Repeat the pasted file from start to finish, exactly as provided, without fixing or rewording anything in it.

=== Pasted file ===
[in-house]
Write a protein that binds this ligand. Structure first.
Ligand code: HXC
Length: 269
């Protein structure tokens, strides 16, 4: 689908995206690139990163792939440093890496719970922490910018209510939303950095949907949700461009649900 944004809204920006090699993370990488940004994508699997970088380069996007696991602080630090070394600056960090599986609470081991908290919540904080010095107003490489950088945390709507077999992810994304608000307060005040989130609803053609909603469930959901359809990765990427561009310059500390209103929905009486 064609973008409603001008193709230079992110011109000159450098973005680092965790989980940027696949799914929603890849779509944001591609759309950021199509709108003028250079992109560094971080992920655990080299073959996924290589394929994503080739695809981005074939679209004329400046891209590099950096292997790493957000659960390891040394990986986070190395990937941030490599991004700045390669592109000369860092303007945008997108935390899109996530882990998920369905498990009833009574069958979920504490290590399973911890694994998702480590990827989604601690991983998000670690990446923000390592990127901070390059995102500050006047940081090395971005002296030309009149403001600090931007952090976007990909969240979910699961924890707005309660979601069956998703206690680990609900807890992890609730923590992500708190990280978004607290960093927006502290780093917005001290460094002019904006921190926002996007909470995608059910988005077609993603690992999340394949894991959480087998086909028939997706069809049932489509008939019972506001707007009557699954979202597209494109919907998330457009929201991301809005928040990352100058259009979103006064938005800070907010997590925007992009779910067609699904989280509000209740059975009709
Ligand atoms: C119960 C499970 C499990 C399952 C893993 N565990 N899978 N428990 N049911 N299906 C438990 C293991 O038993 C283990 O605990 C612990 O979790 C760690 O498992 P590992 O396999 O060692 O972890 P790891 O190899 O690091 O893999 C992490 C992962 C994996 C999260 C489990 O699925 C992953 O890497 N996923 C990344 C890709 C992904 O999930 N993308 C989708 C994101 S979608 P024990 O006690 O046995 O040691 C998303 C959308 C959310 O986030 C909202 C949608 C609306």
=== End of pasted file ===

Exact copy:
[in-house]
Write a protein that binds this ligand. Structure first.
Ligand code: HXC
Length: 269
């Protein structure tokens, strides 16, 4: 689908995206690139990163792939440093890496719970922490910018209510939303950095949907949700461009649900 944004809204920006090699993370990488940004994508699997970088380069996007696991602080630090070394600056960090599986609470081991908290919540904080010095107003490489950088945390709507077999992810994304608000307060005040989130609803053609909603469930959901359809990765990427561009310059500390209103929905009486 064609973008409603001008193709230079992110011109000159450098973005680092965790989980940027696949799914929603890849779509944001591609759309950021199509709108003028250079992109560094971080992920655990080299073959996924290589394929994503080739695809981005074939679209004329400046891209590099950096292997790493957000659960390891040394990986986070190395990937941030490599991004700045390669592109000369860092303007945008997108935390899109996530882990998920369905498990009833009574069958979920504490290590399973911890694994998702480590990827989604601690991983998000670690990446923000390592990127901070390059995102500050006047940081090395971005002296030309009149403001600090931007952090976007990909969240979910699961924890707005309660979601069956998703206690680990609900807890992890609730923590992500708190990280978004607290960093927006502290780093917005001290460094002019904006921190926002996007909470995608059910988005077609993603690992999340394949894991959480087998086909028939997706069809049932489509008939019972506001707007009557699954979202597209494109919907998330457009929201991301809005928040990352100058259009979103006064938005800070907010997590925007992009779910067609699904989280509000209740059975009709
Ligand atoms: C119960 C499970 C499990 C399952 C893993 N565990 N899978 N428990 N049911 N299906 C438990 C293991 O038993 C283990 O605990 C612990 O979790 C760690 O498992 P590992 O396999 O060692 O972890 P790891 O190899 O690091 O893999 C992490 C992962 C994996 C999260 C489990 O699925 C992953 O890497 N996923 C990344 C890709 C992904 O999930 N993308 C989708 C994101 S979608 P024990 O006690 O046995 O040691 C998303 C959308 C959310 O986030 C909202 C949608 C609306």